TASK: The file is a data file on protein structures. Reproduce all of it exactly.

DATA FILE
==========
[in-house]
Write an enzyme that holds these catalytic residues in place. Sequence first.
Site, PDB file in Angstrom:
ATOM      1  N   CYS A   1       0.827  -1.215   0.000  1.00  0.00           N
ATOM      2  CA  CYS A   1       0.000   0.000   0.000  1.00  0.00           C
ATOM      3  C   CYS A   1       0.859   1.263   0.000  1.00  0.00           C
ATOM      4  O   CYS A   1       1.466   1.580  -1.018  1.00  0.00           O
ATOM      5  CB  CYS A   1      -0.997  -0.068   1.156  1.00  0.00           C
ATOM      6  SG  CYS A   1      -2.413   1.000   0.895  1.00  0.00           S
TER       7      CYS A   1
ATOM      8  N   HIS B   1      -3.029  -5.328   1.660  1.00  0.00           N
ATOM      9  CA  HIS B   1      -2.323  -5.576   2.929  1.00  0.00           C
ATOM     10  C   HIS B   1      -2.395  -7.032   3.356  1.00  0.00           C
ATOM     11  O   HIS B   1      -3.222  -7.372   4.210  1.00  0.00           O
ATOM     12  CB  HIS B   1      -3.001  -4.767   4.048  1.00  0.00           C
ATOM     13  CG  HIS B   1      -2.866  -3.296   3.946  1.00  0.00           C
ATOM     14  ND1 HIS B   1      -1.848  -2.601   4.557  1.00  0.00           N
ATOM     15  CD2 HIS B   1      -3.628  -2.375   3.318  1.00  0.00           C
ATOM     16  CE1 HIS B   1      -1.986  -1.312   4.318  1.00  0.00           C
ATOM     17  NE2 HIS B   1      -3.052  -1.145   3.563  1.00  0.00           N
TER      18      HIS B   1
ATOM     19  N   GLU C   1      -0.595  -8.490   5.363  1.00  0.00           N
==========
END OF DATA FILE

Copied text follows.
[in-house]
Write an enzyme that holds these catalytic residues in place. Sequence first.
Site, PDB file in Angstrom:
ATOM      1  N   CYS A   1       0.827  -1.215   0.000  1.00  0.00           N
ATOM      2  CA  CYS A   1       0.000   0.000   0.000  1.00  0.00           C
ATOM      3  C   CYS A   1       0.859   1.263   0.000  1.00  0.00           C
ATOM      4  O   CYS A   1       1.466   1.580  -1.018  1.00  0.00           O
ATOM      5  CB  CYS A   1      -0.997  -0.068   1.156  1.00  0.00           C
ATOM      6  SG  CYS A   1      -2.413   1.000   0.895  1.00  0.00           S
TER       7      CYS A   1
ATOM      8  N   HIS B   1      -3.029  -5.328   1.660  1.00  0.00           N
ATOM      9  CA  HIS B   1      -2.323  -5.576   2.929  1.00  0.00           C
ATOM     10  C   HIS B   1      -2.395  -7.032   3.356  1.00  0.00           C
ATOM     11  O   HIS B   1      -3.222  -7.372   4.210  1.00  0.00           O
ATOM     12  CB  HIS B   1      -3.001  -4.767   4.048  1.00  0.00           C
ATOM     13  CG  HIS B   1      -2.866  -3.296   3.946  1.00  0.00           C
ATOM     14  ND1 HIS B   1      -1.848  -2.601   4.557  1.00  0.00           N
ATOM     15  CD2 HIS B   1      -3.628  -2.375   3.318  1.00  0.00           C
ATOM     16  CE1 HIS B   1      -1.986  -1.312   4.318  1.00  0.00           C
ATOM     17  NE2 HIS B   1      -3.052  -1.145   3.563  1.00  0.00           N
TER      18      HIS B   1
ATOM     19  N   GLU C   1      -0.595  -8.490   5.363  1.00  0.00           N